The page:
Ang Thong is a small province through which the Chao Phraya and Noi Rivers flow.Ang Thong is mostly flat, containing neither mountains nor forests, and consists primarily of agricultural land.
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Bats at Wat Chantharam
The highlight of this temple is its nocturnal inhabitants: bats. The area is densely forested, making it a perfect habitat for bats and birds that have called the area home for hundreds of years. During the day, visitors can observe the creatures as they sleep, hanging upside down on the dark branches of the numerous trees.
Drum Making Village
The locals of Ban Phae are renowned for their production of drums, a tradition that began in 1927 and continues to this day. Typically, when the agricultural harvest season ends, farmers turn from growingcrops to drum production, and as a result, many shops on both sides of the main road pop up seasonally.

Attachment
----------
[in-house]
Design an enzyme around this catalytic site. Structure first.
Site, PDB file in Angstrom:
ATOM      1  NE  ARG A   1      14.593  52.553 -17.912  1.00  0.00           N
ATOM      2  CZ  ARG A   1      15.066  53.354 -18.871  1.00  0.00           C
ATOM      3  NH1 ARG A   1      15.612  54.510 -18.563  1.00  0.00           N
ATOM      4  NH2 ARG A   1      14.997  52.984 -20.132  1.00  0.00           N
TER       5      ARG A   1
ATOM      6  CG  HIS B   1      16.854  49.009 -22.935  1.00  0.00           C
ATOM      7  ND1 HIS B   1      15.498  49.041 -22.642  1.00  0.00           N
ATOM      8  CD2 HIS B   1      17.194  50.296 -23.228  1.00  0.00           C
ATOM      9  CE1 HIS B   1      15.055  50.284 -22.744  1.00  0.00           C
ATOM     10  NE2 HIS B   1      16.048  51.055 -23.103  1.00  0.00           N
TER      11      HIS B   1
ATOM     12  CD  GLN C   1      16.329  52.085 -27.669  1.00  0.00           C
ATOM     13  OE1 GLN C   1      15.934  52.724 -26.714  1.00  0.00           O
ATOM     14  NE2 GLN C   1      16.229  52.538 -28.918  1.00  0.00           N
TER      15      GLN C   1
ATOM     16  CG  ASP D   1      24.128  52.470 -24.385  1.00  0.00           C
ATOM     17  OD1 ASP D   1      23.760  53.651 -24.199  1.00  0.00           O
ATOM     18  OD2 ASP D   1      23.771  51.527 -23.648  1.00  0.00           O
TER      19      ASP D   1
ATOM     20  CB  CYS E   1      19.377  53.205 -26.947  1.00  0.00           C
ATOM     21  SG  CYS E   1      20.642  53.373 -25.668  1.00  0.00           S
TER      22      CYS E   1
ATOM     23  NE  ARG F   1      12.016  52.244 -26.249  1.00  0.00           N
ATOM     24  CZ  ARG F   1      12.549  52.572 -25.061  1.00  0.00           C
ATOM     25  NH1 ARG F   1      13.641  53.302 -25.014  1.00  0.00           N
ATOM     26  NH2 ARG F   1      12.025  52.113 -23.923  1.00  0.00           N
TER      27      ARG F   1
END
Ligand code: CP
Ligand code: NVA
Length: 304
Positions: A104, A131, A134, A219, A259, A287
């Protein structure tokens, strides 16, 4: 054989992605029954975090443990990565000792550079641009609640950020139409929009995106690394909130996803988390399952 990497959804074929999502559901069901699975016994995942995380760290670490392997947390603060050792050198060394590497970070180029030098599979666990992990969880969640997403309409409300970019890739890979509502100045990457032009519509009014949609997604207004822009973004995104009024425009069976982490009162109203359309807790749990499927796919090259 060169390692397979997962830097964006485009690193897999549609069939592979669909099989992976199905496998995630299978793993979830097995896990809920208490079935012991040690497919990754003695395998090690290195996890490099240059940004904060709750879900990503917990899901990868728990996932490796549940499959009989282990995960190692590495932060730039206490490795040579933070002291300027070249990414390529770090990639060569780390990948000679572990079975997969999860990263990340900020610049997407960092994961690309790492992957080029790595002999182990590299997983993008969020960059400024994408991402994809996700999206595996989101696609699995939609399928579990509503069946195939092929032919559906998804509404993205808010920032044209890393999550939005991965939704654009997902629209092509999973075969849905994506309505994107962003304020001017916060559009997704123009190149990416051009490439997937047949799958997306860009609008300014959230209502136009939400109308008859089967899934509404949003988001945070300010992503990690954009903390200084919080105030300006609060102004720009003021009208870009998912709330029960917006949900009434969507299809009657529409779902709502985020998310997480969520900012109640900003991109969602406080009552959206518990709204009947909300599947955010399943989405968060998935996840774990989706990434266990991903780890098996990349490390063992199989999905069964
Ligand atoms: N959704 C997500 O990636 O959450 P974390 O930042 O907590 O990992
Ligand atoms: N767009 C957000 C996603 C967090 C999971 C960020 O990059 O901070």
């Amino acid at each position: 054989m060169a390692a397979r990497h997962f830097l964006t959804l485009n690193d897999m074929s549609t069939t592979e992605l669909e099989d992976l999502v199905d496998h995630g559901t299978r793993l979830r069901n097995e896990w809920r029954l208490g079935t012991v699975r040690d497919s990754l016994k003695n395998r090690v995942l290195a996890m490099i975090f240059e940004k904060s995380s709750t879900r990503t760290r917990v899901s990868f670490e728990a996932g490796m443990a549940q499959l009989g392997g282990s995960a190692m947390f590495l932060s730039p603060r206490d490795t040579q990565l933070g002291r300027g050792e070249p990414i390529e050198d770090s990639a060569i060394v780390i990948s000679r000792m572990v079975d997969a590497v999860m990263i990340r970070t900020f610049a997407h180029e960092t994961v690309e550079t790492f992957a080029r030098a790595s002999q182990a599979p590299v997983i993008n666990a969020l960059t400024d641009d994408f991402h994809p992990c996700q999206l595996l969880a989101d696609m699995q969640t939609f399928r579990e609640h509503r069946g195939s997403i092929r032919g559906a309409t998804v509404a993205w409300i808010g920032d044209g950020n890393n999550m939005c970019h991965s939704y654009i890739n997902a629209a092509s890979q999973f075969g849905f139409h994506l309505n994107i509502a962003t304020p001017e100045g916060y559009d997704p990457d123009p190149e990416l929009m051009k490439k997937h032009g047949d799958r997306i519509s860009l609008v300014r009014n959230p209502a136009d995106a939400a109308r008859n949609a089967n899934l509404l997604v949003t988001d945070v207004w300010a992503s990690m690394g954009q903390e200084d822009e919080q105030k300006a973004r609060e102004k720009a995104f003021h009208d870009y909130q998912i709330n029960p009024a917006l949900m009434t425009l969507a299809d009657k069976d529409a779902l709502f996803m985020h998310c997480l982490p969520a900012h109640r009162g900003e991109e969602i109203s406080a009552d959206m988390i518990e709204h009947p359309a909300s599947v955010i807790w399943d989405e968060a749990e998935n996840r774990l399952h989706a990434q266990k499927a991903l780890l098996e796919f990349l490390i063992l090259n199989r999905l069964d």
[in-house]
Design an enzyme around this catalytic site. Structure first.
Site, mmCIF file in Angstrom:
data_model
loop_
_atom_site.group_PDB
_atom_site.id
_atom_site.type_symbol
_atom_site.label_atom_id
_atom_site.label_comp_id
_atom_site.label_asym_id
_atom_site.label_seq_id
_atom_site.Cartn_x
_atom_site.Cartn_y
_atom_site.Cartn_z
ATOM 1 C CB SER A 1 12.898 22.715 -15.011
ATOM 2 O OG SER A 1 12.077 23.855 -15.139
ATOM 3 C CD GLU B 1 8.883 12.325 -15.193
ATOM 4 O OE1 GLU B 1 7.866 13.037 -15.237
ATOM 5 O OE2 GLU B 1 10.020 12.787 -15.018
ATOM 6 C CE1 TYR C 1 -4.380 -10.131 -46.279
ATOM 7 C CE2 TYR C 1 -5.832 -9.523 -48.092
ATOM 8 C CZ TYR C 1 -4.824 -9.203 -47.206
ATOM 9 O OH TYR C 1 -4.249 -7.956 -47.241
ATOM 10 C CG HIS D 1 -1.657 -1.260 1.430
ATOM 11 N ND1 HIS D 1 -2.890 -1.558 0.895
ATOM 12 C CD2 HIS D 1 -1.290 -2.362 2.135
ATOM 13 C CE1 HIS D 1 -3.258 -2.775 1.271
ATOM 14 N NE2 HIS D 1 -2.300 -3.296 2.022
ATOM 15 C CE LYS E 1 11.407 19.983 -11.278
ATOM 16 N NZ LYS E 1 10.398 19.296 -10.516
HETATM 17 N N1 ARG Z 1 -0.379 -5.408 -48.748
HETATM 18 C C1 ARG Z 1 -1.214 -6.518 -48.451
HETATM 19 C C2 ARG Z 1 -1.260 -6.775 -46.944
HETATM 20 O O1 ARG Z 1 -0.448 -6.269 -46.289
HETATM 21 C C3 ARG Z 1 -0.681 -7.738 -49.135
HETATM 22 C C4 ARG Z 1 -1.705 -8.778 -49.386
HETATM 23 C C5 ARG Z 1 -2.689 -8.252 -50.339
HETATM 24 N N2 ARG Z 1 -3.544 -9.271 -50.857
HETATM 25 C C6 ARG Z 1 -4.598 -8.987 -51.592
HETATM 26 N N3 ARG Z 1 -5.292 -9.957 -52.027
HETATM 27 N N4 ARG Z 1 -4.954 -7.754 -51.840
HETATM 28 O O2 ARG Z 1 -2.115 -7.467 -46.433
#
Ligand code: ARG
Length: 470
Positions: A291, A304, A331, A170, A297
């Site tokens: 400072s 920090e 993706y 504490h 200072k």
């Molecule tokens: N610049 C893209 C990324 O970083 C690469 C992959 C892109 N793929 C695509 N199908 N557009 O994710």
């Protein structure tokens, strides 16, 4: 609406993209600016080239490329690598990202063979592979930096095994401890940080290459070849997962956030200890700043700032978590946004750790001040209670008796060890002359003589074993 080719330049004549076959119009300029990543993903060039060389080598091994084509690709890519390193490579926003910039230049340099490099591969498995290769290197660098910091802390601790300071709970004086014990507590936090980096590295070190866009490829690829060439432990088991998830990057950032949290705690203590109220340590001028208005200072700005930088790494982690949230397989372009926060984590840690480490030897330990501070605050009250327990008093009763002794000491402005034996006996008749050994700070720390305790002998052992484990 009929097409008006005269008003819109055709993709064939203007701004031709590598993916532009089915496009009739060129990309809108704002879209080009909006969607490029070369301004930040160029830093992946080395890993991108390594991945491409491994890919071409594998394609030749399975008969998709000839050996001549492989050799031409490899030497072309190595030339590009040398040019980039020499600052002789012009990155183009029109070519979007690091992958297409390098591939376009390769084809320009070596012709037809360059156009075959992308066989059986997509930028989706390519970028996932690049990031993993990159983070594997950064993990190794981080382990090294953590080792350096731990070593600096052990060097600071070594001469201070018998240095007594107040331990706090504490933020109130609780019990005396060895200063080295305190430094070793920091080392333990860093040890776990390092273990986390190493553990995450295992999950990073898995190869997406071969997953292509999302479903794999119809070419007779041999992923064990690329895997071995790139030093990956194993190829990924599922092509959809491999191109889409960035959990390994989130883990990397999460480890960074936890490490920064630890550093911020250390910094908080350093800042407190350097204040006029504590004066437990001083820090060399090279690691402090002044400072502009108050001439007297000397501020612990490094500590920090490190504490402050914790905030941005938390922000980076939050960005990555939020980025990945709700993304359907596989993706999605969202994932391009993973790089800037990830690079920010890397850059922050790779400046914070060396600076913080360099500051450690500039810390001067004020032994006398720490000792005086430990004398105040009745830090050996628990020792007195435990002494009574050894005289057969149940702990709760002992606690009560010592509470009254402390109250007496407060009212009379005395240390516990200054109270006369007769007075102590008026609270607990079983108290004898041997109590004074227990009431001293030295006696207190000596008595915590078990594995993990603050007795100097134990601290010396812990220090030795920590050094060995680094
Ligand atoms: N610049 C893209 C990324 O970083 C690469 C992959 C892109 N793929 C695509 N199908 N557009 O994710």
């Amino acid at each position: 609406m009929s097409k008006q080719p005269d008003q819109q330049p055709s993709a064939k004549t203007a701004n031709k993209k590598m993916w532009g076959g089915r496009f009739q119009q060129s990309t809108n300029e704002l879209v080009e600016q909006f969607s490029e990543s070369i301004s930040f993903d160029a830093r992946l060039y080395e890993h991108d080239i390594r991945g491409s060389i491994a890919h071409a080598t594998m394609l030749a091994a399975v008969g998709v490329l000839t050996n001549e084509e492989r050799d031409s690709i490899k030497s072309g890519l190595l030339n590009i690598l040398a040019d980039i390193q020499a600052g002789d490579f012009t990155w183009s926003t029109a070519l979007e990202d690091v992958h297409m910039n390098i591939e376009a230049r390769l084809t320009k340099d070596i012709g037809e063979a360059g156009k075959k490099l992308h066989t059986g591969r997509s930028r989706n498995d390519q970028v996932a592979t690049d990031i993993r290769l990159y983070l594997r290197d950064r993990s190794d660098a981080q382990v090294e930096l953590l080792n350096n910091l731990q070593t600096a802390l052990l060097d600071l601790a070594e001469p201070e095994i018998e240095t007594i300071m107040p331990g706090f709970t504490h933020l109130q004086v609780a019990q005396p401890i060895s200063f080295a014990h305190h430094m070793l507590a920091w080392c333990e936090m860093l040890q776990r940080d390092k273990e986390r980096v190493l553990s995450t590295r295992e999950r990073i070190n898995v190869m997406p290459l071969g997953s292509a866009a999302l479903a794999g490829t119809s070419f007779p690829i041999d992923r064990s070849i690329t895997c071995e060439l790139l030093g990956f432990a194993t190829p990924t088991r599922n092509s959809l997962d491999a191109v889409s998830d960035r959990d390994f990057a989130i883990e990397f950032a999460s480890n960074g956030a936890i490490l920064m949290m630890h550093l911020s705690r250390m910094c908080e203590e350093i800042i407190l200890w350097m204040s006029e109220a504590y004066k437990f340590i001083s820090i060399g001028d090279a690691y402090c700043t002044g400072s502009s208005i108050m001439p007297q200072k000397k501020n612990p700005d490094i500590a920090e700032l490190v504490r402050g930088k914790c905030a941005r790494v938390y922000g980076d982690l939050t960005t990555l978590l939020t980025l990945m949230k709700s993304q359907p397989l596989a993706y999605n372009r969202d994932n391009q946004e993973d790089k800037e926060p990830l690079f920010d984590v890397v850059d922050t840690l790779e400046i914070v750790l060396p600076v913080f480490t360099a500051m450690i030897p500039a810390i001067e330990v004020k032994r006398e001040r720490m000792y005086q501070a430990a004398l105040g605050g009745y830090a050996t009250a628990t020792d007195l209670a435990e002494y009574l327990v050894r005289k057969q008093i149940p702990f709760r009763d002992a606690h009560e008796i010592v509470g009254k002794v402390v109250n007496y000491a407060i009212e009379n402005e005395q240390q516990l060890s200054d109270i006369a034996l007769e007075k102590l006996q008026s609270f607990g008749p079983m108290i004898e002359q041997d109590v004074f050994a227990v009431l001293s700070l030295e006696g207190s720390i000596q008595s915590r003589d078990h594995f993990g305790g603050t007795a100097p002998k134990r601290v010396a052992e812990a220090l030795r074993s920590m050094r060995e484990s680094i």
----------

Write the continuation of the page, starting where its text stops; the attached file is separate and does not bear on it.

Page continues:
Wat Muang
This temple has several must-see highlights. The hall is surrounded by the largest lotus petals in the world. The ground floor of one of its image halls is home to a museum with sacred objects, antiques and figures of nationally venerated monks on display. The upper floor of the museum houses the first and largest silver holy Buddha image of the country. Within the temple compound, there are depictions of heaven and hell, a Thai deity paradise, a Chinese deity paradise, and a huge statue of KuanIm, a Chinese female goddess.
Wat Pa Mok Worawihan
A beautiful gilded reclining Buddha image is located within the compound of Wat Pa MokWorawihan. The image nearly 23 meters from topknot to feet, believed to originate from the Sukhothai period. According to lore, this Buddha image was swept along the river and finally sank in front of this temple. Locals recovered the massive statue, and enshrined it in the temple.